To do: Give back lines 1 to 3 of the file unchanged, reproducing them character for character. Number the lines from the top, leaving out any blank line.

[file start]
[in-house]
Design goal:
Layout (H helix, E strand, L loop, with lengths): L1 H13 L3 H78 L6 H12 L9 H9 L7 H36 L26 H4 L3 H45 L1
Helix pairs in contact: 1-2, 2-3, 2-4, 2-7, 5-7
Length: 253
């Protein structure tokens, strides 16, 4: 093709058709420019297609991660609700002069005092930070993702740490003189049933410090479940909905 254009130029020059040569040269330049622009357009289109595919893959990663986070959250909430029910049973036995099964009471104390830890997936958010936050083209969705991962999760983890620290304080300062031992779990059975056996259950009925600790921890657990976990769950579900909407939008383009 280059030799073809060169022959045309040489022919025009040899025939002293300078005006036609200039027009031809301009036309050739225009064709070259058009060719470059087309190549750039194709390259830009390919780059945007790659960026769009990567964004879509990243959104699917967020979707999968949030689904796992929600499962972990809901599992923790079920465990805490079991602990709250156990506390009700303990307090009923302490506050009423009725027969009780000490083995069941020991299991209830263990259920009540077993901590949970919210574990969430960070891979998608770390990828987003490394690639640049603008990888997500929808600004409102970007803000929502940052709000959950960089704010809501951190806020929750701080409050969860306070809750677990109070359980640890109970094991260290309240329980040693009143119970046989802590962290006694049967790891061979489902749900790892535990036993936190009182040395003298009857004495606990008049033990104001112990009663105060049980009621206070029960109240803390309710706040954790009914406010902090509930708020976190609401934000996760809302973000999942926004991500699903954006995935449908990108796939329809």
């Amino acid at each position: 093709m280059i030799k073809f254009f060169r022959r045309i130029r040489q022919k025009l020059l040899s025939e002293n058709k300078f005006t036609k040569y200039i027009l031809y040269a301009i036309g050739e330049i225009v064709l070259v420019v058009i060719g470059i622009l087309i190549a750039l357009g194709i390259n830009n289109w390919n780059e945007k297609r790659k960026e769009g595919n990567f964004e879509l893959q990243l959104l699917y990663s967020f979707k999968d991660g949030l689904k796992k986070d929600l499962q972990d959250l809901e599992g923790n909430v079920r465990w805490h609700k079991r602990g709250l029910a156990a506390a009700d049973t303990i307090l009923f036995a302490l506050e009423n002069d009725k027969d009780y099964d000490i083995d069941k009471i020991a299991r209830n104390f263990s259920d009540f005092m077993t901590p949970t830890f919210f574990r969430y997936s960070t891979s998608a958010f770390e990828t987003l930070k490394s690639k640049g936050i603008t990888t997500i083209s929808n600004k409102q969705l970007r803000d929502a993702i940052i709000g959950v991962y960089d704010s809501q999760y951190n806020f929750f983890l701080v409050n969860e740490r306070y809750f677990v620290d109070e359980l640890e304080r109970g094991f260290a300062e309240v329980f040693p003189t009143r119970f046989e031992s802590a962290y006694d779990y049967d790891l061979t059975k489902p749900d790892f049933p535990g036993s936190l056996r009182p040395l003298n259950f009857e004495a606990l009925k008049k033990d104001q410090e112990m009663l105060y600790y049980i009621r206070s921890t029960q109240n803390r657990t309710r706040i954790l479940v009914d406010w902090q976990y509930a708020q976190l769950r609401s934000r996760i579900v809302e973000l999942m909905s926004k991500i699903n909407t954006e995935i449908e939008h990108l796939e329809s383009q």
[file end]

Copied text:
[in-house]
Design goal:
Layout (H helix, E strand, L loop, with lengths): L1 H13 L3 H78 L6 H12 L9 H9 L7 H36 L26 H4 L3 H45 L1